MAHMOOD SHAH: The agreements (signed by the governments and the tribal militants), especially those signed after the second Shakai agreement, are very lenient (towards the militants). (These agreements have) in particular dispensed with the condition that the tribes surrender their men for interrogation. They are being let free without any sort of investigation. As a result, they become heroes. At this particular moment the whole administration of FATA including the governor, the secretary, the political agents have been changed. During the last one and a half year, the Taliban heroes have encroached upon the government’s power.

But I believe even if the agreements were basically faulty, they could have made a difference if they could be implemented. The government should have at least ensured that the militants did not roam around brandishing weapons. That has not been done. So, it’s not a surprise that the Taliban have become strong.

THE NEWS ON SUNDAY: Does this mean that entering into a truce with Taliban is not desirable? Do you think it is proving counterproductive?

MAHMOOD SHAH: It is going to be counterproductive. In fact, the government should not have adopted an apologetic approach. The tribespeople like assertive, firm people dealing with them.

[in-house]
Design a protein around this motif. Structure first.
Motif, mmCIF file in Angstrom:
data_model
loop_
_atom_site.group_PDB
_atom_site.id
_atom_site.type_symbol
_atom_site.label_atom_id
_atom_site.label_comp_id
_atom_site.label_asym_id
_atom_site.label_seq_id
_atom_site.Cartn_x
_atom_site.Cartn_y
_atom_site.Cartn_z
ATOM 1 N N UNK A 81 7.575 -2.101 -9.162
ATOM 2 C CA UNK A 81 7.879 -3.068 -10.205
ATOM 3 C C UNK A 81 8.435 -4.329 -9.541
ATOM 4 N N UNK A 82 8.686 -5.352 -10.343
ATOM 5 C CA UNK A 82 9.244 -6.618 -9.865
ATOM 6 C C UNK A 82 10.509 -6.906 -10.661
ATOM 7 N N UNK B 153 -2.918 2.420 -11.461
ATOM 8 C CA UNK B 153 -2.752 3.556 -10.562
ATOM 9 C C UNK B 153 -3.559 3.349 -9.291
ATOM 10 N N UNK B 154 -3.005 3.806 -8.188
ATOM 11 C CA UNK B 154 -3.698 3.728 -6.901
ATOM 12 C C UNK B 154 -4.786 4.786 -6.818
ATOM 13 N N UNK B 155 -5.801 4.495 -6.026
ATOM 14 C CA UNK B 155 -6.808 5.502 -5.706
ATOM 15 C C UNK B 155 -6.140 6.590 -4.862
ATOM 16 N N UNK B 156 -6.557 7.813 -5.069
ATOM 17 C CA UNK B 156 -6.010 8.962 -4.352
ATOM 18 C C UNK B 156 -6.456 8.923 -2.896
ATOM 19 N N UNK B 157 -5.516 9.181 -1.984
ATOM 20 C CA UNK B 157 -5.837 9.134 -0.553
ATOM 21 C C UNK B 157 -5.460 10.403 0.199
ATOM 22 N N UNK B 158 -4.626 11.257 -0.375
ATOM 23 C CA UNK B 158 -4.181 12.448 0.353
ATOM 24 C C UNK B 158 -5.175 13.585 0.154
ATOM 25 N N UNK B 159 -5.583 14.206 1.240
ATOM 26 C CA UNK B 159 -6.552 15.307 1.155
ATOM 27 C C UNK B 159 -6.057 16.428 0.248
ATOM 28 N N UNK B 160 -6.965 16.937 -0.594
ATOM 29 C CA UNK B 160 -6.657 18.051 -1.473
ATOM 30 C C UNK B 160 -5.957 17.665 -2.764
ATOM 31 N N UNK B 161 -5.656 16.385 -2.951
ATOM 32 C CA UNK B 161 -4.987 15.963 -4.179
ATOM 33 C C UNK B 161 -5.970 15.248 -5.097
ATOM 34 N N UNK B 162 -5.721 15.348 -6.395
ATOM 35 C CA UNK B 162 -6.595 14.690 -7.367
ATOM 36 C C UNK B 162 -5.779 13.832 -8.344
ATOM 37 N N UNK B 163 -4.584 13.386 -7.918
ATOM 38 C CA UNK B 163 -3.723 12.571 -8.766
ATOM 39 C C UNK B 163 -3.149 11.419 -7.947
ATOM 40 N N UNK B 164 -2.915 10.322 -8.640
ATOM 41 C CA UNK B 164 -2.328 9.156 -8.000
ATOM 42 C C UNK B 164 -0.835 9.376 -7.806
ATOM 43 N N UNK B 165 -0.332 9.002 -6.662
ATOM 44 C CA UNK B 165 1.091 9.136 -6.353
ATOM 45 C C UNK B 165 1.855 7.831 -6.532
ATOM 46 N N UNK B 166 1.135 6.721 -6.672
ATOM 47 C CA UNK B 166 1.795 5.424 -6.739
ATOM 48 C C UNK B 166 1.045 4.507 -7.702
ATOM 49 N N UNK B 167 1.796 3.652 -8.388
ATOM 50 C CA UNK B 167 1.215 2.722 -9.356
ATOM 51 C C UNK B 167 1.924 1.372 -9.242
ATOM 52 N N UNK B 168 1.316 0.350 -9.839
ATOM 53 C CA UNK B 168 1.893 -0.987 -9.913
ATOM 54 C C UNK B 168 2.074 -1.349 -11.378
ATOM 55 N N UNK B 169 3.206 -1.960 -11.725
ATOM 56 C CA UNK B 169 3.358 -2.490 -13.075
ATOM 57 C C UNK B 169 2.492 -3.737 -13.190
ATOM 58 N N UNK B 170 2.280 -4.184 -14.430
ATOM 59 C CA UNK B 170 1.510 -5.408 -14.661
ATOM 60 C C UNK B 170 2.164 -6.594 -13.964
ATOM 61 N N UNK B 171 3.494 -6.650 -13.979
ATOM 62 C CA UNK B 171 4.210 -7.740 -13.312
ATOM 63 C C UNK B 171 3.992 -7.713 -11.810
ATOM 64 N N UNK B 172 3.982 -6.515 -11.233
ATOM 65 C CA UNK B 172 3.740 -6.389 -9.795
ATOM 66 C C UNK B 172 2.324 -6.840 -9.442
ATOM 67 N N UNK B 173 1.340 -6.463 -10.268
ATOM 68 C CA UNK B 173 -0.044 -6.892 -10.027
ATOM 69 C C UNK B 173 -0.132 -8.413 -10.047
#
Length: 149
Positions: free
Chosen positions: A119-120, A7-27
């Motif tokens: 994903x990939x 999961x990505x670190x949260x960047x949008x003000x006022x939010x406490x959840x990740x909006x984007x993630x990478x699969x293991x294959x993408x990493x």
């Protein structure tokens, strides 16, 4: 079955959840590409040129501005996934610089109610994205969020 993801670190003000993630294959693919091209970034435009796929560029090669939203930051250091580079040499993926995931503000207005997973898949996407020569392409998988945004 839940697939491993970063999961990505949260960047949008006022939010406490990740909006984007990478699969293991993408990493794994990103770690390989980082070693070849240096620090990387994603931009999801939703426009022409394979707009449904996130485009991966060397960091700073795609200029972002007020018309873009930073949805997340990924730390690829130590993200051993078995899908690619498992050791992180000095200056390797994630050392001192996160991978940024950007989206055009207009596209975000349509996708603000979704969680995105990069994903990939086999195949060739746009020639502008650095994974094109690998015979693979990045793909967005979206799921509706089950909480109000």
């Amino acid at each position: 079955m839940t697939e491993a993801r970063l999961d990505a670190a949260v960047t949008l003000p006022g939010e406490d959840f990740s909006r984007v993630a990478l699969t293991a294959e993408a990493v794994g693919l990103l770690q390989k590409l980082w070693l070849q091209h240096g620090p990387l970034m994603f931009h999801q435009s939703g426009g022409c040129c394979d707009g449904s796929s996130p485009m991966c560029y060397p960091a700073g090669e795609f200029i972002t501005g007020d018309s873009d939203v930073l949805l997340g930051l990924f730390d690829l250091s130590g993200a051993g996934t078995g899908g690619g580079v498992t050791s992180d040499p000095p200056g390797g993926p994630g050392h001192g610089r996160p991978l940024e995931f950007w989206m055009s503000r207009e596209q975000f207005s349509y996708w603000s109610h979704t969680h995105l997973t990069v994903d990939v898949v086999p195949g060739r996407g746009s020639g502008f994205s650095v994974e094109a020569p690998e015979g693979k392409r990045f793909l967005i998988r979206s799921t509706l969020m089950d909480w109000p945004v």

THE NEWS ON SUNDAY: Are you saying that the intelligence and security apparatus has failed in the tribal areas?

MAHMOOD SHAH: I won’t really say that they have failed but (there is a) lack of coordination between intelligence agencies, armed forces and the political administration. That is why I have been talking of weak administration during the last one a half years. It is the job of the political agent to assert his powers and carry out the coordination. Otherwise, the army, the intelligence agencies and political agent will all be doing some thing but their work will not be coordinated. It is the task of the political administration to bring all these agencies on one platform.

THE NEWS ON SUNDAY: Do you think that the government is failing in FATA because it has kept FATA as a buffer zone between Afghanistan and mainland Pakistan?

MAHMOOD SHAH: The basic purpose for the creation of FATA was not to act as a buffer zone. They just happened to be there (on the border between the two countries) by coincidence. The government’s weakness has been that it failed over the last 50 years to merge the tribal areas into Pakistan. Various factors delayed decisions (in this regard). Negligence was one of the major factors in this. Pakistan has been mainly engaged in Kashmir and with India. The tribal areas were considered safe. The amount of focus which the areas get now, if it continues I am sure FATA will get integrated fully into Pakistan.

In fact, tribesmen have always been staunch Pakistanis and Muslims. Moreover, they are very war-like as well as dependable. They have always defended the border on their own. Even before the Soviet occupation of Afghanistan in 1980s, they stood steadfast against all the efforts by (former) president Daud of Afghanistan for creating Pashtoonistan through buying the loyalties of tribesmen. They deem Pakistan as a Muslim state. Pakistan has been relying on the tribesmen (for the defence of its western border) and can rely on them even today.

THE NEWS ON SUNDAY: What should be done to strengthen the writ of the government in FATA?